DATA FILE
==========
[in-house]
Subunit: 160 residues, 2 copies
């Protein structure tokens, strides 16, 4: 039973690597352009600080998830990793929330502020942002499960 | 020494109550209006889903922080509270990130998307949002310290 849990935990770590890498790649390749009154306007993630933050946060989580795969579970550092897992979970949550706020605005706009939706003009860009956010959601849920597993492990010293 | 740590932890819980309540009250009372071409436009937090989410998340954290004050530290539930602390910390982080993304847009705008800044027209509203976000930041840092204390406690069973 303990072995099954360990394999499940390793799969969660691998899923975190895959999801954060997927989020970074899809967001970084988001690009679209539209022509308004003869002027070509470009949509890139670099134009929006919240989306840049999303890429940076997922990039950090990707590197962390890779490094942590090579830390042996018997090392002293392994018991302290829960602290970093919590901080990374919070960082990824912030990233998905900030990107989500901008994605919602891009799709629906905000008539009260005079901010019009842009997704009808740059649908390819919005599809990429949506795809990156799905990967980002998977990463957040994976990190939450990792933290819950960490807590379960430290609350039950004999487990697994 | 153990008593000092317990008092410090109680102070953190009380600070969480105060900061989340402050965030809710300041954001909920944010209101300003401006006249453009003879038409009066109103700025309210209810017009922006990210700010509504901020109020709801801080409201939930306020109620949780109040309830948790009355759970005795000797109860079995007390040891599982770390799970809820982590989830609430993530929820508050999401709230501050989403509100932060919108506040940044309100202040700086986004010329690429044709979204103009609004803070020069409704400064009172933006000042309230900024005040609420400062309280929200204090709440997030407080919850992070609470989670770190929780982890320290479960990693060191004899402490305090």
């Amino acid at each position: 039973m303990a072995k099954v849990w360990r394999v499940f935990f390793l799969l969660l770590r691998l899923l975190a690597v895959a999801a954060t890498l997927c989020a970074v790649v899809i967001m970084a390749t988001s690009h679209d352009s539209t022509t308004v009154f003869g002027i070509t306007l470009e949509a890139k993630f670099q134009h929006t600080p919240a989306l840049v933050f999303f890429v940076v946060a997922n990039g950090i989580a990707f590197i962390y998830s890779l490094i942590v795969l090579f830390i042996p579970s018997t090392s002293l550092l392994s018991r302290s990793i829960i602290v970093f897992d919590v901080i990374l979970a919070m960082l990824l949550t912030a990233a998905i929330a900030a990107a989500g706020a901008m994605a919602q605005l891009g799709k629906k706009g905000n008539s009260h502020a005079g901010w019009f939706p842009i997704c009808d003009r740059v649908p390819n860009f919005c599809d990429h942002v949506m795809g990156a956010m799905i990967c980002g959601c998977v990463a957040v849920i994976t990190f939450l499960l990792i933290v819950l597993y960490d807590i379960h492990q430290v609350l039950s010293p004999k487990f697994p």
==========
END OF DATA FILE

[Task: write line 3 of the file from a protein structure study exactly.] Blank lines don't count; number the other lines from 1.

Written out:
């Protein structure tokens, strides 16, 4: 039973690597352009600080998830990793929330502020942002499960 | 020494109550209006889903922080509270990130998307949002310290 849990935990770590890498790649390749009154306007993630933050946060989580795969579970550092897992979970949550706020605005706009939706003009860009956010959601849920597993492990010293 | 740590932890819980309540009250009372071409436009937090989410998340954290004050530290539930602390910390982080993304847009705008800044027209509203976000930041840092204390406690069973 303990072995099954360990394999499940390793799969969660691998899923975190895959999801954060997927989020970074899809967001970084988001690009679209539209022509308004003869002027070509470009949509890139670099134009929006919240989306840049999303890429940076997922990039950090990707590197962390890779490094942590090579830390042996018997090392002293392994018991302290829960602290970093919590901080990374919070960082990824912030990233998905900030990107989500901008994605919602891009799709629906905000008539009260005079901010019009842009997704009808740059649908390819919005599809990429949506795809990156799905990967980002998977990463957040994976990190939450990792933290819950960490807590379960430290609350039950004999487990697994 | 153990008593000092317990008092410090109680102070953190009380600070969480105060900061989340402050965030809710300041954001909920944010209101300003401006006249453009003879038409009066109103700025309210209810017009922006990210700010509504901020109020709801801080409201939930306020109620949780109040309830948790009355759970005795000797109860079995007390040891599982770390799970809820982590989830609430993530929820508050999401709230501050989403509100932060919108506040940044309100202040700086986004010329690429044709979204103009609004803070020069409704400064009172933006000042309230900024005040609420400062309280929200204090709440997030407080919850992070609470989670770190929780982890320290479960990693060191004899402490305090």